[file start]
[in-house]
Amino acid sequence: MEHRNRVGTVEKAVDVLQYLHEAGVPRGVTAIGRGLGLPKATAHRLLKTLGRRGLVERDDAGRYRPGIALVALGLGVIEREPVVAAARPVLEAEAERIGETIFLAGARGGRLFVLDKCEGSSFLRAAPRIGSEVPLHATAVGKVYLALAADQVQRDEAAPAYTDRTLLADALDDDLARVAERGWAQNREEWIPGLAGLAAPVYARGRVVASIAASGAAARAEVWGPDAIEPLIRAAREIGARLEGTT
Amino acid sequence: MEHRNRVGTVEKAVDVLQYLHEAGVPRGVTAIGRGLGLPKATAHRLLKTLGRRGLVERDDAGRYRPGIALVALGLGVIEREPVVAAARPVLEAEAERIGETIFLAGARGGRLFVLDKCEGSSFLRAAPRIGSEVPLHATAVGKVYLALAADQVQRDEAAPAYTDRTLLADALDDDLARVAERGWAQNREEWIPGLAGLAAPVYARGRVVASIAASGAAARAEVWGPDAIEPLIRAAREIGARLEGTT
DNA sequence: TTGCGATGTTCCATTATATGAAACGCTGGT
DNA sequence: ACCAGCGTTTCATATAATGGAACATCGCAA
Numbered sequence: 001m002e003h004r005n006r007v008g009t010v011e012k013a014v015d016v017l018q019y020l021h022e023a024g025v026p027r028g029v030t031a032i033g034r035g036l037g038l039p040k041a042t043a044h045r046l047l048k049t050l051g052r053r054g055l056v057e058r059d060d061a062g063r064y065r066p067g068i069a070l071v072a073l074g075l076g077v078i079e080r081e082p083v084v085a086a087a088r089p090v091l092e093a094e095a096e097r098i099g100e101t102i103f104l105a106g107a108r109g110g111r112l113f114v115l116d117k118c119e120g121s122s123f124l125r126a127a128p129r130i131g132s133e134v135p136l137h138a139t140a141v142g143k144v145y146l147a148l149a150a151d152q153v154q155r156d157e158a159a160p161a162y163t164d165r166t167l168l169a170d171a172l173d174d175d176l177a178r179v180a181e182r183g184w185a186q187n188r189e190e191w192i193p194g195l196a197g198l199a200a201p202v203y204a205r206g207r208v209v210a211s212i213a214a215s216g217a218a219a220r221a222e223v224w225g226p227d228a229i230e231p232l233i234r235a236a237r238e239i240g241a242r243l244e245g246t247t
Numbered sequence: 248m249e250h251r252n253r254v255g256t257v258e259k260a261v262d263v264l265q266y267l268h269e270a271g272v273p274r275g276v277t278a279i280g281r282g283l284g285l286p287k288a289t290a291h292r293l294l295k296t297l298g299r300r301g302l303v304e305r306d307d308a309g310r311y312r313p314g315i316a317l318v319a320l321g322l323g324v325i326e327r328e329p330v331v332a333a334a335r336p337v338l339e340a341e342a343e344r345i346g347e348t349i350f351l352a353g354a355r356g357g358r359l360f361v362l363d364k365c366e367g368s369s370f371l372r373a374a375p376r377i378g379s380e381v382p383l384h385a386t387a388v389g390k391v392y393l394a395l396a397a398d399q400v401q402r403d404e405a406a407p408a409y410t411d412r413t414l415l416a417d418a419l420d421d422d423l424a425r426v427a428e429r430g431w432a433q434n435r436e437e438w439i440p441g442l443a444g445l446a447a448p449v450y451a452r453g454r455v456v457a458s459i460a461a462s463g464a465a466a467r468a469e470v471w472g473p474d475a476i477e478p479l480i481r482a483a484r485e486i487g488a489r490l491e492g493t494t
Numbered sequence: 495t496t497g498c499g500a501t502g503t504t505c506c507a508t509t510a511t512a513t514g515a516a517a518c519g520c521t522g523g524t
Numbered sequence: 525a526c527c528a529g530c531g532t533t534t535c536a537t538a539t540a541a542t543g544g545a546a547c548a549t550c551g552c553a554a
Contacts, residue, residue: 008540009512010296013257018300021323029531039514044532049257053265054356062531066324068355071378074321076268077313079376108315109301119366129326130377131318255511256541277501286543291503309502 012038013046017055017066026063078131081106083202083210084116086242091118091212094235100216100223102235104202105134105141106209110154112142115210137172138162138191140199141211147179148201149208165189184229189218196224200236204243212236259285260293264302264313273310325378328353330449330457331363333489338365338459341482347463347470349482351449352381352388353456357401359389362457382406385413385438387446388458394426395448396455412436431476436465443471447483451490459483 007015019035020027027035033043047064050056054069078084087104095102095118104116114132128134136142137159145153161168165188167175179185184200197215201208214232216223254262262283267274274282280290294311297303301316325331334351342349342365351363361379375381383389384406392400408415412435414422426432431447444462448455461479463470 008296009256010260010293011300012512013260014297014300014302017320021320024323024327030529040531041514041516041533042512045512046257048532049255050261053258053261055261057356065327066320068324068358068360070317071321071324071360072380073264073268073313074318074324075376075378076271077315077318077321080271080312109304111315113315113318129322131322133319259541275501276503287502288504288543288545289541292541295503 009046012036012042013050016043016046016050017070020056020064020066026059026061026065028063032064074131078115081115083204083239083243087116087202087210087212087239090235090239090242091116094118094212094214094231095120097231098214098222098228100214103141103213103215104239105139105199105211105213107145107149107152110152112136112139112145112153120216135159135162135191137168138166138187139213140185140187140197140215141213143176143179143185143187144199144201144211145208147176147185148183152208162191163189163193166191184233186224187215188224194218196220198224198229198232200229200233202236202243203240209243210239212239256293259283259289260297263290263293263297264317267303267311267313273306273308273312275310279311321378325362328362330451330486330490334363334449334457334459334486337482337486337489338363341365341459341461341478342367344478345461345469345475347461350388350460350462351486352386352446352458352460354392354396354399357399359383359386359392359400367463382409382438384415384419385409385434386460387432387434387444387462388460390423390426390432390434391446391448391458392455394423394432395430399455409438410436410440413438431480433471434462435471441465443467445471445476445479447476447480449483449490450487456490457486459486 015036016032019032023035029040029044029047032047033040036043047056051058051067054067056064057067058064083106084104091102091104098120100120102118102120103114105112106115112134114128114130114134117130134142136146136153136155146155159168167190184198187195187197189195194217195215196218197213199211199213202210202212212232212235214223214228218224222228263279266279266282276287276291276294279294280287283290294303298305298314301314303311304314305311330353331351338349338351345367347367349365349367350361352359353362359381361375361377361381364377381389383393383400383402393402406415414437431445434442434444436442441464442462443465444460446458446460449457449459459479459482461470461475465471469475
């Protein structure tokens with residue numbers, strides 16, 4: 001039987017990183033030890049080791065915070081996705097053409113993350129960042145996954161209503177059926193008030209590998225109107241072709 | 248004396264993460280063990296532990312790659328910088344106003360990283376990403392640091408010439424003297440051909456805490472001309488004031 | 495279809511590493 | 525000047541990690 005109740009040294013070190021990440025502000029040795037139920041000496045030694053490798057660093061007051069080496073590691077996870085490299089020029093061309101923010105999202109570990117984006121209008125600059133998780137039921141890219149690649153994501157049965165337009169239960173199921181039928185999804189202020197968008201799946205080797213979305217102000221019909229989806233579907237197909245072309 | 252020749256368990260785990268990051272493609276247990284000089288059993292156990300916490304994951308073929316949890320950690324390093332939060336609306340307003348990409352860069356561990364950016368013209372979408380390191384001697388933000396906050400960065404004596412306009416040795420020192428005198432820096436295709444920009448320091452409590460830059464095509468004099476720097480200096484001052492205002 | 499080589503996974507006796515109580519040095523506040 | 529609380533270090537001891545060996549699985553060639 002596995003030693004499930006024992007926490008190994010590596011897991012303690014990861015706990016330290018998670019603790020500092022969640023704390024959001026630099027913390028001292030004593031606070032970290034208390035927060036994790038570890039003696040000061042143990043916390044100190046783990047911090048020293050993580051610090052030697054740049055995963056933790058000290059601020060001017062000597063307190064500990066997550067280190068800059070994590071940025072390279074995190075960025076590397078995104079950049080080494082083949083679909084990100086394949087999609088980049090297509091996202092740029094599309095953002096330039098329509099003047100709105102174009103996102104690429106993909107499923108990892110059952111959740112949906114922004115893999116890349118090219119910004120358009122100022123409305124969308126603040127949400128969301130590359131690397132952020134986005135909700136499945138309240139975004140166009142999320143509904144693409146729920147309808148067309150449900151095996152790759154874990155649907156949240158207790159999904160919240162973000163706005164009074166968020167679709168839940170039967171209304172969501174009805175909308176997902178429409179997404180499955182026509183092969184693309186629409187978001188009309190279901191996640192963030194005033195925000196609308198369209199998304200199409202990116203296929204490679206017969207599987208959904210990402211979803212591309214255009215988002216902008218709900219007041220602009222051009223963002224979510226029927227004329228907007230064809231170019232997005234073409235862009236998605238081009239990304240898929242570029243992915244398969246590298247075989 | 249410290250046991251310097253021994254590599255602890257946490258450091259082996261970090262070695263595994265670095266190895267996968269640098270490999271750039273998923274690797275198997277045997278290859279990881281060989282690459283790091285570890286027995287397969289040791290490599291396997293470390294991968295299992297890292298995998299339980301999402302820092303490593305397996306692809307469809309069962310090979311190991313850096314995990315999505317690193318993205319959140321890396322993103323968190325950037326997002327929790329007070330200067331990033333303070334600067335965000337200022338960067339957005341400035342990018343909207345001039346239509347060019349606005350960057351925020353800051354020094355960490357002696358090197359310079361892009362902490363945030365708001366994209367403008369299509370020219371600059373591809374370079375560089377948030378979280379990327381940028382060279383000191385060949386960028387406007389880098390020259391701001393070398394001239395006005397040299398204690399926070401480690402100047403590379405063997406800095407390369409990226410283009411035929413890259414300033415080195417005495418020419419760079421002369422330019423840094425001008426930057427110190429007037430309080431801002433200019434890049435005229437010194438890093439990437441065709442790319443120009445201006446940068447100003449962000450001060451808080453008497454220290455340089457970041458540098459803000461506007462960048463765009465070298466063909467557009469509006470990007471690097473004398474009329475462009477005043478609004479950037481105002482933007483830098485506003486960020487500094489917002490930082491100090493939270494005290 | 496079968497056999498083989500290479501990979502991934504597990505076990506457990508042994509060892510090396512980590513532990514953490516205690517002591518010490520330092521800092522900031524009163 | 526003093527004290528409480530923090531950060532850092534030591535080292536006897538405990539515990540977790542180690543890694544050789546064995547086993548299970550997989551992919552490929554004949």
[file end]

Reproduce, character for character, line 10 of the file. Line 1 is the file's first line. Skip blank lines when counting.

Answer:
Contacts, residue, residue: 008540009512010296013257018300021323029531039514044532049257053265054356062531066324068355071378074321076268077313079376108315109301119366129326130377131318255511256541277501286543291503309502 012038013046017055017066026063078131081106083202083210084116086242091118091212094235100216100223102235104202105134105141106209110154112142115210137172138162138191140199141211147179148201149208165189184229189218196224200236204243212236259285260293264302264313273310325378328353330449330457331363333489338365338459341482347463347470349482351449352381352388353456357401359389362457382406385413385438387446388458394426395448396455412436431476436465443471447483451490459483 007015019035020027027035033043047064050056054069078084087104095102095118104116114132128134136142137159145153161168165188167175179185184200197215201208214232216223254262262283267274274282280290294311297303301316325331334351342349342365351363361379375381383389384406392400408415412435414422426432431447444462448455461479463470 008296009256010260010293011300012512013260014297014300014302017320021320024323024327030529040531041514041516041533042512045512046257048532049255050261053258053261055261057356065327066320068324068358068360070317071321071324071360072380073264073268073313074318074324075376075378076271077315077318077321080271080312109304111315113315113318129322131322133319259541275501276503287502288504288543288545289541292541295503 009046012036012042013050016043016046016050017070020056020064020066026059026061026065028063032064074131078115081115083204083239083243087116087202087210087212087239090235090239090242091116094118094212094214094231095120097231098214098222098228100214103141103213103215104239105139105199105211105213107145107149107152110152112136112139112145112153120216135159135162135191137168138166138187139213140185140187140197140215141213143176143179143185143187144199144201144211145208147176147185148183152208162191163189163193166191184233186224187215188224194218196220198224198229198232200229200233202236202243203240209243210239212239256293259283259289260297263290263293263297264317267303267311267313273306273308273312275310279311321378325362328362330451330486330490334363334449334457334459334486337482337486337489338363341365341459341461341478342367344478345461345469345475347461350388350460350462351486352386352446352458352460354392354396354399357399359383359386359392359400367463382409382438384415384419385409385434386460387432387434387444387462388460390423390426390432390434391446391448391458392455394423394432395430399455409438410436410440413438431480433471434462435471441465443467445471445476445479447476447480449483449490450487456490457486459486 015036016032019032023035029040029044029047032047033040036043047056051058051067054067056064057067058064083106084104091102091104098120100120102118102120103114105112106115112134114128114130114134117130134142136146136153136155146155159168167190184198187195187197189195194217195215196218197213199211199213202210202212212232212235214223214228218224222228263279266279266282276287276291276294279294280287283290294303298305298314301314303311304314305311330353331351338349338351345367347367349365349367350361352359353362359381361375361377361381364377381389383393383400383402393402406415414437431445434442434444436442441464442462443465444460446458446460449457449459459479459482461470461475465471469475